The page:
And this is the recital of the events of the resurrection of Jesus as viewed by those who saw them as they really occurred, free from the limitations of partial and restricted human vision.
As we approach the time of the resurrection of Jesus on this early Sunday morning, it should be recalled that the ten apostles were sojourning at the home of Elijah and Mary Mark, where they were asleep in the upper chamber, resting on the very couches whereon they reclined during the last supper with their Master. This Sunday morning they were all there assembled except Thomas. Thomas was with them for a few minutes late Saturday night when they first got together, but the sight of the apostles, coupled with the thought of what had happened to Jesus, was too much for him. He looked his associates over and immediately left the room, going to the home of Simon in Bethphage, where he thought to grieve over his troubles in solitude. The apostles all suffered, not so much from doubt and despair as from fear, grief, and shame.
At the home of Nicodemus there were gathered together, with David Zebedee and Joseph of Arimathea, some twelve or fifteen of the more prominent of the Jerusalem disciples of Jesus. At the home of Joseph of Arimathea there were some fifteen or twenty of the leading women believers. Only these women abode in Joseph's house, and they had kept close within during the hours of the Sabbath day and the evening after the Sabbath, so that they were ignorant of the military guard on watch at the tomb; neither did they know that a second stone had been rolled in front of the tomb, and that both of these stones had been placed under the seal of Pilate.
A little before three o'clock this Sunday morning, when the first signs of day began to appear in the east, five of the women started out for the tomb of Jesus. They had prepared an abundance of special embalming lotions, and they carried many linen bandages with them. It was their purpose more thoroughly to give the body of Jesus its death anointing and more carefully to wrap it up with the new bandages.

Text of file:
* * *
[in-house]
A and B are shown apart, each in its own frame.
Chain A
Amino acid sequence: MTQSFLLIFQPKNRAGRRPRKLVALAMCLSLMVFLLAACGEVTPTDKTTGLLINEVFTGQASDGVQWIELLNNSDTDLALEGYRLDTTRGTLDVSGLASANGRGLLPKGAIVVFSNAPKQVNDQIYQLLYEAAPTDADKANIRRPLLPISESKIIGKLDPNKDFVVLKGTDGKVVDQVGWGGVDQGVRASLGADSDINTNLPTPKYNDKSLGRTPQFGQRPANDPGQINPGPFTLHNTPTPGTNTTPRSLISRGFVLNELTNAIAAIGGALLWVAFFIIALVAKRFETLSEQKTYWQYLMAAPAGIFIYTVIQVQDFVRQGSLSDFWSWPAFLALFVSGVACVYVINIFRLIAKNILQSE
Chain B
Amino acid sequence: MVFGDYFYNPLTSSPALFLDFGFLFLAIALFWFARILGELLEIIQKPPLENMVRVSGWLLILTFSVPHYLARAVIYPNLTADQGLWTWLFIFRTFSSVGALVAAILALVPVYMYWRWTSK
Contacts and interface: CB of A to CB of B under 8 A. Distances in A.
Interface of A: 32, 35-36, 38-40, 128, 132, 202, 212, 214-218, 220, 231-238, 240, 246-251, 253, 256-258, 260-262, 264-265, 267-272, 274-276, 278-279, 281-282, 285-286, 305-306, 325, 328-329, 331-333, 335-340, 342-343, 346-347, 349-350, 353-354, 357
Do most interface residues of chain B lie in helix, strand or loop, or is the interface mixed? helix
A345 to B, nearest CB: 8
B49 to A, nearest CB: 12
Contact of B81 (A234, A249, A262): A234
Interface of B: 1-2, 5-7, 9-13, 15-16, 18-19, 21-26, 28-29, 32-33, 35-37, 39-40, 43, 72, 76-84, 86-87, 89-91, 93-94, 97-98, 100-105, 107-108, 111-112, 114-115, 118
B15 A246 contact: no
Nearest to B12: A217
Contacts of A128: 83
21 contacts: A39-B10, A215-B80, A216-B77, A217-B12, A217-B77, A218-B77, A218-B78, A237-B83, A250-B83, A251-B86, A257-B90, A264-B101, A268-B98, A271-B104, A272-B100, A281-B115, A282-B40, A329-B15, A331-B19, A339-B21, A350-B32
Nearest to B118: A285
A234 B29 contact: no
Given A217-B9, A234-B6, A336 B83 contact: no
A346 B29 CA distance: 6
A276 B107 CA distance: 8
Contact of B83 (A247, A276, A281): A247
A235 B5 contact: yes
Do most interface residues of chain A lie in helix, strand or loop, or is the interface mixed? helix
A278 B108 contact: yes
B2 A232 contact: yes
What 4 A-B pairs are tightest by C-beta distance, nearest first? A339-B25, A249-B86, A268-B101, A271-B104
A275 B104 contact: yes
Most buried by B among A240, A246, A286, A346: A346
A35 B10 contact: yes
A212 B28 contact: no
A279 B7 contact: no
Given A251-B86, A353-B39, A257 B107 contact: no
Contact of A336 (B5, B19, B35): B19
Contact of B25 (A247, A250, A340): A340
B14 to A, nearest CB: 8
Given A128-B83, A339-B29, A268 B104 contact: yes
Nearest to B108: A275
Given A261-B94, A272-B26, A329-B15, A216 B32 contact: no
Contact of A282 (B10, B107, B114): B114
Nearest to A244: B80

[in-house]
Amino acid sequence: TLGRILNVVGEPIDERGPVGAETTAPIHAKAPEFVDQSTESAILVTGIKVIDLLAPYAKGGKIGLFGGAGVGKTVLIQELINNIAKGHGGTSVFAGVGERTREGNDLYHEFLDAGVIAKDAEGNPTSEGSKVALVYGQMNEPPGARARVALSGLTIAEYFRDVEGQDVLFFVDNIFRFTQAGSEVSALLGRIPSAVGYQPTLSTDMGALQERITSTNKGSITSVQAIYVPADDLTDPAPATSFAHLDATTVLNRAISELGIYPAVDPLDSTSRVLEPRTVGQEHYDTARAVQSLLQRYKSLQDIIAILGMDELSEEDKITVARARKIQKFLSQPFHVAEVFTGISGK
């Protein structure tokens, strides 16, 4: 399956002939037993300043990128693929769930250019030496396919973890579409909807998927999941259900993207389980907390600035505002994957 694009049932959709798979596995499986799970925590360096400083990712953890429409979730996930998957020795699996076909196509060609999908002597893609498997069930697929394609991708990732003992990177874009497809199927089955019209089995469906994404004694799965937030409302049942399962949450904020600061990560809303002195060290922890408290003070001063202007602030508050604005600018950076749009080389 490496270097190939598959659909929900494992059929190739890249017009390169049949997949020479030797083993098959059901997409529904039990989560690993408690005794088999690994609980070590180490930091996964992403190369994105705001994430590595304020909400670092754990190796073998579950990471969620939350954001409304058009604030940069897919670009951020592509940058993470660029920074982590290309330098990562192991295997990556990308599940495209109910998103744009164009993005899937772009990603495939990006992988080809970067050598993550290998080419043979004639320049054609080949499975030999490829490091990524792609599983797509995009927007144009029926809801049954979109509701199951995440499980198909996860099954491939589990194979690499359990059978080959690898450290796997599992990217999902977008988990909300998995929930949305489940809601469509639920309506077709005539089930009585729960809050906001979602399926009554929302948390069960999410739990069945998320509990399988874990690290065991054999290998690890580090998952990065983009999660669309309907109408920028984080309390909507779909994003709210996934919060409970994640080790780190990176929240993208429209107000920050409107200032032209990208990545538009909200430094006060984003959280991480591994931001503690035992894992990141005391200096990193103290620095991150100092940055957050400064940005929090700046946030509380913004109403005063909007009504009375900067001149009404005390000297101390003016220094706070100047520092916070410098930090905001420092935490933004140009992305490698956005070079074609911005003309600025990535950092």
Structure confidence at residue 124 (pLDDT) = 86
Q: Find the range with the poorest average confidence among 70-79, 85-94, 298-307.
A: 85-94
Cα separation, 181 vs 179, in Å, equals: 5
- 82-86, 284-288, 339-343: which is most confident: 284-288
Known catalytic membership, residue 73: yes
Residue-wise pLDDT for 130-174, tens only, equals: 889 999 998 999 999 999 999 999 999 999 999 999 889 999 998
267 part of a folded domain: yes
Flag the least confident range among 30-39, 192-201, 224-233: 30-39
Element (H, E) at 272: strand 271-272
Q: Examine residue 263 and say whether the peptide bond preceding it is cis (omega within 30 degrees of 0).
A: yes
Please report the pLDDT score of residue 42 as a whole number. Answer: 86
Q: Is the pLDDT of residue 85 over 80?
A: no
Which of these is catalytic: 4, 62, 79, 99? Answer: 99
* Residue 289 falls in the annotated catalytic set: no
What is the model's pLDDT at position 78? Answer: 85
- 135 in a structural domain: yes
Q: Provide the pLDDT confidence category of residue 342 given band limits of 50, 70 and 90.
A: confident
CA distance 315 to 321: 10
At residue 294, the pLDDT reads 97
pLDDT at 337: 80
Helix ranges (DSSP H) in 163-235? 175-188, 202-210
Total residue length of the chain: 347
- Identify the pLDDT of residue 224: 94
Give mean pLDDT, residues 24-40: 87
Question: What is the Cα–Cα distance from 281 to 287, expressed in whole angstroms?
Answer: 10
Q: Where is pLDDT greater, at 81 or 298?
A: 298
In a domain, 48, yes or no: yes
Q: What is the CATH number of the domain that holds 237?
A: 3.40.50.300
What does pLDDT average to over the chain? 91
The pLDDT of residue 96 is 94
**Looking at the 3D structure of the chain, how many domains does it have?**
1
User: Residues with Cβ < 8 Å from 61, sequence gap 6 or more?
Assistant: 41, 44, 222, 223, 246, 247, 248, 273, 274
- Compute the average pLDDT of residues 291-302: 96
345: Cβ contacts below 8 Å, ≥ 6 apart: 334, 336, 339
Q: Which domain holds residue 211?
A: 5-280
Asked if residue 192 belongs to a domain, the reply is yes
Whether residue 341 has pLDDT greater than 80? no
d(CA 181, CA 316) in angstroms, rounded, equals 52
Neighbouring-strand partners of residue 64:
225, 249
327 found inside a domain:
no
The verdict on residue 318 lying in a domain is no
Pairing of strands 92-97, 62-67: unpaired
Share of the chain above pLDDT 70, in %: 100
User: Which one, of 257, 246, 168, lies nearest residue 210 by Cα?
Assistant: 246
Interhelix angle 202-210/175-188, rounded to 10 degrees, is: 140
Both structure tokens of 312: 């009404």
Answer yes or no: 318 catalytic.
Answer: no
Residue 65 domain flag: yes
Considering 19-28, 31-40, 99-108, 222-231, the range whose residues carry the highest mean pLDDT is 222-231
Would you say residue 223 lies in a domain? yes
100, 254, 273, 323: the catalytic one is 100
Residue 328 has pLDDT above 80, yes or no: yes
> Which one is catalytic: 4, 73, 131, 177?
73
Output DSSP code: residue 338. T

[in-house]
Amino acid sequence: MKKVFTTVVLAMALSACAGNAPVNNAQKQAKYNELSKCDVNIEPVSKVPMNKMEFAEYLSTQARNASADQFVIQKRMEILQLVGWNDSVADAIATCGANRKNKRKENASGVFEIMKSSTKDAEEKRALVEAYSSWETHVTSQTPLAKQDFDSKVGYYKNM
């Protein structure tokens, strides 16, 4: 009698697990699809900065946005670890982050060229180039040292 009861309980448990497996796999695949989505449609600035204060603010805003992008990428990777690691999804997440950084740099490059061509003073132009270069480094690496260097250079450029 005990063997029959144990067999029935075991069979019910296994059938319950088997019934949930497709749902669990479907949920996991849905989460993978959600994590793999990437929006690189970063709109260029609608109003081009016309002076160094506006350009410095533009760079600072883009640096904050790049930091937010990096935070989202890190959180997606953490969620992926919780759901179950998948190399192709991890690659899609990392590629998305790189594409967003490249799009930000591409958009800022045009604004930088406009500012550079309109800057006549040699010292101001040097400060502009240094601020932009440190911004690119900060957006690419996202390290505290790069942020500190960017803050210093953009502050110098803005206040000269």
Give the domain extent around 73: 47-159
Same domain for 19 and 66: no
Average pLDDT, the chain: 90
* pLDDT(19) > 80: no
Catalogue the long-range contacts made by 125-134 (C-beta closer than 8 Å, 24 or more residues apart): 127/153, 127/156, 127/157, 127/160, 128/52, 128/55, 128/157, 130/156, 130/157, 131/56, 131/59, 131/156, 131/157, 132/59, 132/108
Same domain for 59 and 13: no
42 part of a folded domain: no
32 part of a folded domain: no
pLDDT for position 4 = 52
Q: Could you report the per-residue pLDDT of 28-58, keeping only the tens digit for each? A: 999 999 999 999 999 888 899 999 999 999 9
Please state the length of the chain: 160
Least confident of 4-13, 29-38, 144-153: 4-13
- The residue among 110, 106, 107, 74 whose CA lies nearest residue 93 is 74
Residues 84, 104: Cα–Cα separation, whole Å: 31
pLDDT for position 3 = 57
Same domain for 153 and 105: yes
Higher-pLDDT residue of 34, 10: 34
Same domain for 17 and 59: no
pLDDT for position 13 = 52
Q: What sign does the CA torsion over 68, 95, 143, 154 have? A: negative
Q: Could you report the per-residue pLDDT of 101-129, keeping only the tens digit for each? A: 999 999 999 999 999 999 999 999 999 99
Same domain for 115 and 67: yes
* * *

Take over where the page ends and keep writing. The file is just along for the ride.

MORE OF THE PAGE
The women who went on this mission of anointing Jesus' body were: Mary Magdalene, Mary the mother of the Alpheus twins, Salome the mother of the Zebedee brothers, Joanna the wife of Chuza, and Susanna the daughter of Ezra of Alexandria.
It was about half past three o'clock when the five women, laden with their ointments, arrived before the empty tomb. As they passed out of the Damascus gate, they encountered a number of soldiers fleeing into the city more or less panic-stricken, and this caused them to pause for a few minutes; but when nothing more developed, they resumed their journey.
They were greatly surprised to see the stone rolled away from the entrance to the tomb, inasmuch as they had said among themselves on the way out, "Who will help us roll away the stone?" They set down their burdens and began to look upon one another in fear and with great amazement. While they stood there, atremble with fear, Mary Magdalene ventured around the smaller stone and dared to enter the open sepulchre. This tomb of Joseph was in his garden on the hillside on the eastern side of the road, and it also faced toward the east. By this hour there was just enough of the dawn of a new day to enable Mary to look back to the place where the Master's body had lain and to discern that it was gone. In the recess of stone where they had laid Jesus, Mary saw only the folded napkin where his head had rested and the bandages wherewith he had been wrapped lying intact and as they had rested on the stone before the celestial hosts removed the body. The covering sheet lay at the foot of the burial niche.
After Mary had tarried in the doorway of the tomb for a few moments (she did not see distinctly when she first entered the tomb), she saw that Jesus' body was gone and in its place only these grave cloths, and she uttered a cry of alarm and anguish. All the women were exceedingly nervous; they had been on edge ever since meeting the panicky soldiers at the city gate, and when Mary uttered this scream of anguish, they were terror-stricken and fled in great haste. And they did not stop until they had run all the way to the Damascus gate. By this time Joanna was conscience-stricken that they had deserted Mary; she rallied her companions, and they started back for the tomb.
As they drew near the sepulchre, the frightened Magdalene, who was even more terrorized when she failed to find her sisters waiting when she came out of the tomb, now rushed up to them, excitedly exclaiming: "He is not there¯¯they have taken him away!" And she led them back to the tomb, and they all entered and saw that it was empty.